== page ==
The sore losers in the Republican establishment seem committed to electing Hillary Clinton. What's wrong with these allegedly pro-business politicians and their supporters?
WASHINGTON, May 15, 2016 — Mitt Romney has always seemed an honorable man: honest, sincere, compassionately conservative, charitable and a true gentleman. But his latest comments about Donald Trump are just plain shameful and embarrassing.
If Romney wanted to be president or to influence the GOP’s choice of nominee, he should have actively campaigned. Instead he dropped out and let the Republican voters select a candidate to represent the party. The voters had a choice of 17 very qualified candidates and they chose Donald Trump.
Trump will go to the convention in July with most of the delegates and more votes than any other Republican candidate in history, a plurality of primary and caucus votes. At this point, Republican leaders should coalesce around him. They can work with Trump to develop a platform to propel him to victory, while allowing the Republican Party to maintain or increase its majorities in both houses of Congress.
Paul Ryan has taken the lead. He has already met with Trump, and both emerged from their meeting optimistic that they could find common ground. Ryan represents the Republican establishment that espouses certain, often conservative positions. Trump’s more populist message appeals to voters who are generally conservative on economic issues but tend to be moderate on social issues.
Considering the problems stemming from the Obama legacy—the worst economic recovery of any presidency in history, a foreign policy that has left the world potentially on the verge of a world war and social policies that encourage Americans to have a distorted view of values—electing a Republican president in 2016 should be easy.
But Romney and others in the Republican establishment are doing their best to elect Hillary Clinton. This is just shameful. The party’s problems with Trump really don’t matter. The voters have selected Trump to lead the party, and the establishment should line up with the voters. If they wish to influence Trump’s policies, they should first reach common ground with Trump.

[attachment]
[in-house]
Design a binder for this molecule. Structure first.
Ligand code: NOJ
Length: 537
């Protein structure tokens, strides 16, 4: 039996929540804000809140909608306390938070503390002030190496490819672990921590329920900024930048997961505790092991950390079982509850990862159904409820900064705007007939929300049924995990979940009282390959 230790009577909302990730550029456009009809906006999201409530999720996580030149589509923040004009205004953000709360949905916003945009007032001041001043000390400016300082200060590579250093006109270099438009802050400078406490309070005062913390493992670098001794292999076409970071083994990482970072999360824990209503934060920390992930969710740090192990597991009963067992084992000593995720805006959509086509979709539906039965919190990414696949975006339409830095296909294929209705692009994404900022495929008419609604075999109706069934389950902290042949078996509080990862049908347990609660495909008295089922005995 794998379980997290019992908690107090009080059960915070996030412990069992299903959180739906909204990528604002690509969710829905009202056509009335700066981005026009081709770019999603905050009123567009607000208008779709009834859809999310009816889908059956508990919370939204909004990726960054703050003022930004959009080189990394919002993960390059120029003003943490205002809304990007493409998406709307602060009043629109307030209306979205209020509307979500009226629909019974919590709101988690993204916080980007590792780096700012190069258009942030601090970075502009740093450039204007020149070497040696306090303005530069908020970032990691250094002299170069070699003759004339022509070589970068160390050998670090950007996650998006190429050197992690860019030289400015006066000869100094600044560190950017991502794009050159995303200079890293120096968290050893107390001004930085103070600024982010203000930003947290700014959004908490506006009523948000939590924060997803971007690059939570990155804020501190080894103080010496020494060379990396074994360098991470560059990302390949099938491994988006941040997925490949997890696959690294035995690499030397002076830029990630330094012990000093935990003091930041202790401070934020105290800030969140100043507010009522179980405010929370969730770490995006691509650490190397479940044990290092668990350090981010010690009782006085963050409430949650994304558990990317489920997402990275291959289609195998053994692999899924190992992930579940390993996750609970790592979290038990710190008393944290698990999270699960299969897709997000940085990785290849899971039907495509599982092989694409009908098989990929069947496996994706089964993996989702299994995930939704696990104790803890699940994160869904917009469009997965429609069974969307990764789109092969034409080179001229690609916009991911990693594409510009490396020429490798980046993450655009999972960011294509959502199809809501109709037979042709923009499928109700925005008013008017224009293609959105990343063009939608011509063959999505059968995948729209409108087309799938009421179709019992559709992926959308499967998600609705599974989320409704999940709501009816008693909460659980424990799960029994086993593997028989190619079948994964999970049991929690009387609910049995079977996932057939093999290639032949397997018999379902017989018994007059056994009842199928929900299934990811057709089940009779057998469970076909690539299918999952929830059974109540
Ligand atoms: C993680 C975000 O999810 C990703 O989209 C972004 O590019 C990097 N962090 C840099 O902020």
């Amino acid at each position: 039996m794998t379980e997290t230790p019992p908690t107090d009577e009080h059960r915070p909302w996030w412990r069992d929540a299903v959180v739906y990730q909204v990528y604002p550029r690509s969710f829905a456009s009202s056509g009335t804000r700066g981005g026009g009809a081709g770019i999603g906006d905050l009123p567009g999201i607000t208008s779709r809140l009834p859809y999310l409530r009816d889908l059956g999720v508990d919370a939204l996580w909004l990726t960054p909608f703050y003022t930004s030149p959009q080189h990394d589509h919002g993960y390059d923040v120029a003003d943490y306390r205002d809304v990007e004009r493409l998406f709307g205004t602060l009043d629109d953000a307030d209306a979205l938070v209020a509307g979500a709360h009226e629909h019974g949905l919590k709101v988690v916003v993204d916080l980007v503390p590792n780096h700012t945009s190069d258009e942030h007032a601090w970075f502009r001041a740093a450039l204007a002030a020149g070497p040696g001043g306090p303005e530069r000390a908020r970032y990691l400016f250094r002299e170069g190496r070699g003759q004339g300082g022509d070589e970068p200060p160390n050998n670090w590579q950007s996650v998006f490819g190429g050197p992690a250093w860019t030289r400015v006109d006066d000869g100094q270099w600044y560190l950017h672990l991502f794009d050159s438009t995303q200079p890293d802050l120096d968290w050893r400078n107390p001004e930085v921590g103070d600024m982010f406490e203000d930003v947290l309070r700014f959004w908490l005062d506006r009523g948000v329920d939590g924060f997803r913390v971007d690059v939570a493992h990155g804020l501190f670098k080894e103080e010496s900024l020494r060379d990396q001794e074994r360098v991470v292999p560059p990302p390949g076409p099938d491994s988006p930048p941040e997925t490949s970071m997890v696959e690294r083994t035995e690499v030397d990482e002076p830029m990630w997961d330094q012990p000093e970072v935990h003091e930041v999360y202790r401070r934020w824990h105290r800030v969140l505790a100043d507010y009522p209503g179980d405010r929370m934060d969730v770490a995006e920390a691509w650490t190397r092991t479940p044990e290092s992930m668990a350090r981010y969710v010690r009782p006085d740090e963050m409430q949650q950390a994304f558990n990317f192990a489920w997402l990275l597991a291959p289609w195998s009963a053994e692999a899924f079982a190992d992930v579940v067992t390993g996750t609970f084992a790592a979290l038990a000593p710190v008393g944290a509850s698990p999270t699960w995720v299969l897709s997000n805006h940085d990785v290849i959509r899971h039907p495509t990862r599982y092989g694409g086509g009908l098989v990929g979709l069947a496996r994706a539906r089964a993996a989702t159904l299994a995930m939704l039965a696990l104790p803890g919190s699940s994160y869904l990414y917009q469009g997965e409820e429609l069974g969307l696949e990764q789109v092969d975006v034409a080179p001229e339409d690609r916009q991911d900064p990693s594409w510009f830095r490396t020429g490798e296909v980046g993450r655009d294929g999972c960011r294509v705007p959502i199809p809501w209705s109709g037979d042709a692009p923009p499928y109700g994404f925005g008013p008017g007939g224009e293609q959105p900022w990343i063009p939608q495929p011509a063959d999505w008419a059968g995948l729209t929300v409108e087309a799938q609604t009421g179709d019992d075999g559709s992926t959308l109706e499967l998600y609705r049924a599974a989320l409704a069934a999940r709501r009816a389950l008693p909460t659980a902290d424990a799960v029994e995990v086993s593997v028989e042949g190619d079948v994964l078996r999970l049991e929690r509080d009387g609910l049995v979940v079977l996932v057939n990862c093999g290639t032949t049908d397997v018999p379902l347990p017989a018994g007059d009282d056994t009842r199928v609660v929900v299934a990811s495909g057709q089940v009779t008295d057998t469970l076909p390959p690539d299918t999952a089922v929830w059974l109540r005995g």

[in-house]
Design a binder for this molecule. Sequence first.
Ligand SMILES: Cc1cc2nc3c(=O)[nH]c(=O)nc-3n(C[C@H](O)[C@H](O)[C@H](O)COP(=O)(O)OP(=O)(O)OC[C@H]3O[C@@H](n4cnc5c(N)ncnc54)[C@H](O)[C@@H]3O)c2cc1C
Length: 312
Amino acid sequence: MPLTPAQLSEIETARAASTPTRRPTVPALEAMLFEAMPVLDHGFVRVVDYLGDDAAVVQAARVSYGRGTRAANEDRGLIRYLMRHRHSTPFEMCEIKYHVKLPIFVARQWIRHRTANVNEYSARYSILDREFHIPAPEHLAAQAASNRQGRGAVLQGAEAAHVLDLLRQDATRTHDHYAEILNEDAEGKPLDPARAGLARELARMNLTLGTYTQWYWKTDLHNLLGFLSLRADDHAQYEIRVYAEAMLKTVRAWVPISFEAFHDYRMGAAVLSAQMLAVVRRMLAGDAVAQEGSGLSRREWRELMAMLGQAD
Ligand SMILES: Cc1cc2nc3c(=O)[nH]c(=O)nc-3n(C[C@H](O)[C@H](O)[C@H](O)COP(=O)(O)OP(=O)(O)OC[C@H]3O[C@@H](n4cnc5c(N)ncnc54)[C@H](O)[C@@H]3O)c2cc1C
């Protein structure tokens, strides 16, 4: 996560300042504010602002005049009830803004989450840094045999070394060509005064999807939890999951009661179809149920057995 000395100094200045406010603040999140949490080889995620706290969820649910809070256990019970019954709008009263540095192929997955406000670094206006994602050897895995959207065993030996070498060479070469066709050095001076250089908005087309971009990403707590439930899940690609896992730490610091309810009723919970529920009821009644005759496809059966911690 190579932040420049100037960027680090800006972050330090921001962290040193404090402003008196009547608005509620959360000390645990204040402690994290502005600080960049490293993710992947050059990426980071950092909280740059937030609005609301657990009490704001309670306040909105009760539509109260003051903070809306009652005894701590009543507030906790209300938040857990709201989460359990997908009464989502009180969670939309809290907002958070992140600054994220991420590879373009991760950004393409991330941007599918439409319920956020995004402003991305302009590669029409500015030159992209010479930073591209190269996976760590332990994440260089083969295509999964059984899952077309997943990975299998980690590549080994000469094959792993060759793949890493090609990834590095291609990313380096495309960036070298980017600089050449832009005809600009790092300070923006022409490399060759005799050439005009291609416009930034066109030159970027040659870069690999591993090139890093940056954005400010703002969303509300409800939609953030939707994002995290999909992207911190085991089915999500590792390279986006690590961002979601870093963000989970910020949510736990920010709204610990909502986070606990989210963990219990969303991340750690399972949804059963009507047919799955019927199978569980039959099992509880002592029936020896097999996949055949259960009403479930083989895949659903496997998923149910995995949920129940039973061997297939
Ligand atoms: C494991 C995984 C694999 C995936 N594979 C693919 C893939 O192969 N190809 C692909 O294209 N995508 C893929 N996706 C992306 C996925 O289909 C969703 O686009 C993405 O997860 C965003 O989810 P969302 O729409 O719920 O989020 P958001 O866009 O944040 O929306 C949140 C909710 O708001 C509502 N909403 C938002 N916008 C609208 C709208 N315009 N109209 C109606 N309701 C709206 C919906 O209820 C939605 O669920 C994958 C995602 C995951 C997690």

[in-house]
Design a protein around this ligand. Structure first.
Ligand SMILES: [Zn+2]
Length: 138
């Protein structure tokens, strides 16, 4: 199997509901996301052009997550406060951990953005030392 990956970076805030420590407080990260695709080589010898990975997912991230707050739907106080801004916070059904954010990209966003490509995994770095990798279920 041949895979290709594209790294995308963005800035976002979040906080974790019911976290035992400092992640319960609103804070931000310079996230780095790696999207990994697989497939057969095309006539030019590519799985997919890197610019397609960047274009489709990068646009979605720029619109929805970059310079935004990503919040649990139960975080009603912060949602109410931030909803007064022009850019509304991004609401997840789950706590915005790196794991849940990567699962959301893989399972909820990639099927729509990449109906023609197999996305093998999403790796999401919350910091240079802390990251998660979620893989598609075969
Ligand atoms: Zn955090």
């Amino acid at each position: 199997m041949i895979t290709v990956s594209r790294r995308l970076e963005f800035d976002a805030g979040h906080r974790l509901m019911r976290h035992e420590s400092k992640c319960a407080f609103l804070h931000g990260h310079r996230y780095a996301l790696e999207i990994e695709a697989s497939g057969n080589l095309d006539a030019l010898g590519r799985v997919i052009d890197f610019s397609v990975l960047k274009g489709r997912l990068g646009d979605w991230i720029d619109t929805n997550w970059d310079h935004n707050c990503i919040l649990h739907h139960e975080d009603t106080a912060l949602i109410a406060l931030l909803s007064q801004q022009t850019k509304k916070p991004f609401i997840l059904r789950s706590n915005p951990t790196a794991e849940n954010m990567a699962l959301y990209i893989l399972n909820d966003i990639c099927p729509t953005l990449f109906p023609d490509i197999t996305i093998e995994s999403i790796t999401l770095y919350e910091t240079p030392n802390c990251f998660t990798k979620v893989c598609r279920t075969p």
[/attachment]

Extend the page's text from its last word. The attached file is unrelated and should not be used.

Instead, Romney has said and continues to say things that are damaging to Trump. Earlier this month, he called Trump a “phony, a fraud.” He added, “dishonesty is Donald Trump’s hallmark,” pointing to Trump’s “bullying, the greed, the showing off, the misogyny.” If this is simply an attempt to destroy a Trump candidacy, it is shameful. It makes Romney seem a sore loser who fears a loss of influence should Trump succeed.
Romney has attacked Trump again for not releasing his tax returns. He said Trump should be disqualified from becoming president, noting that Trump must be hiding a bombshell. “Tax returns provide the public with its sole confirmation of the veracity of a candidate’s representations regarding charities, priorities, wealth, tax conformance and conflicts of interest.”
That’s a bunch of poppycock. Historically, pushing candidates to release their tax returns is intended to help he opposition find a “gotcha.” As a New York real estate mogul, Trump’s tax returns are so complex that it will be easy to find something that somehow casts Trump in a bad light, even if, in the end, everything represented in the tax return is legal.
Once those returns are out, the Washington Post will assign 20 reporters (which it already has, according to reports) to find inconsistencies in Trump’s tax records. The New York Times will do likewise and put the results on the front page, along with commentary about the unfairness of Trump’s (legal) actions to minimize his tax liability.
Most Americans don’t care about Trump’s taxes or his business failures (clearly smaller than his successes). They want a president who will tell them the truth, politically correct or not, who will stimulate the economy to create economic opportunity. The want a president who will negotiate trade treaties that put free trade on a fair basis. They want a president who can find compromise solutions to our problems.
The media continue to portray Trump as a racist, a bigot and a misogynist because he takes extreme positions to draw attention, knowing he will eventually compromise. Trump could be more easily understood if the party would support him and get a positive message out.
Many voters, including long-time Republicans, who say they will never vote for Trump. If that’s the case, electing him will prove difficult indeed. But if the party’s leaders support him and help him build a winning platform at the convention, he might very well win in November, carrying down-ticket candidates with him and forging a new Republican Party that is more inclusive than the current one.
Don’t Romney and the establishment Republicans want that? We’ll soon see.
*Cartoon by Branco. Reprinted with permission by arrangement with LegalInsurrection.Click here for reuse options!
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